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What is Critical Theory?

Today we look at some of critical theory’s primary ideas and history. Critical theory has been around for several hundred years, but we’ll see its roots are far older. Today’s version is a fusion of the critical theory school of thought and post-modernism. Both pieces firmly rooted in politics. Unless otherwise noted, all quotes come from Stanford’s Encyclopedia of Philosophy.[1]

What is It?

At its most basic level, critical theory attempts to “explain and transform all the circumstances that enslave human beings.” Its goals are to; (1) identify all forms of oppression, and (2) transform those conditions creating a “world which satisfies the needs and powers” of human beings. Who can argue with that? However, it’s not just the ends that matter, but the means used to attain them.

Critical theory’s ideas center on identifying oppression and transforming society to remove it. It is a marriage, or merging, of philosophy and science. As explained in the previous article, man’s reason within this world-view becomes god. Reason is transcendent and its application immanent. Man’s reason is expressed using philosophy, and applied to critical theory’s goals using today’s social sciences.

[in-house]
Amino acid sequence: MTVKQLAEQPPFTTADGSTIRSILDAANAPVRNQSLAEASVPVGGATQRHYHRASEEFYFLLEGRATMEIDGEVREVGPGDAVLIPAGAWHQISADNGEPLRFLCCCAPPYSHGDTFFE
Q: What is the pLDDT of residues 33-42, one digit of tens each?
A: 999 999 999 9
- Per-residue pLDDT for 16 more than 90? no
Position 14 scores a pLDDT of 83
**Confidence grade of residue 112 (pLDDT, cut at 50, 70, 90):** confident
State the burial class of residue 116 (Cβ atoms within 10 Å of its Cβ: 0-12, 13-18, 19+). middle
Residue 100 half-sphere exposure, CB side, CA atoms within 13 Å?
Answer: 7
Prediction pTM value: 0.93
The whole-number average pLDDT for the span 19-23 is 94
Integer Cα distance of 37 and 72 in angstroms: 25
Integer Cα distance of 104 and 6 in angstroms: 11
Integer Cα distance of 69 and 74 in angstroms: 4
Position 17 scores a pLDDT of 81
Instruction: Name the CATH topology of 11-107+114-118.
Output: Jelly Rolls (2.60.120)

There are two levels to critical theory. The Stanford Encyclopedia article identifies them as “a narrow and broad meaning in philosophy and in the history of social science.” The narrow sense is attributed to the Frankfurt School and Marxism. The broader sense is the application of its ideas to all of the different instances where oppression is identified. Therefore, many individual theories identify different cases or types of oppression such as; racism, sexism, classism, transgender oppression, ageism, heterosexism, etc. If you have a grudge, you can find or create your own oppressed class.

Under critical theory you are either a victim or a sinner (oppressor). Both fated based on characteristics you largely have no control over. A very fatalistic view of life relating to critical theory’s idea of freedom, which we’ll pick up in the next article.[2]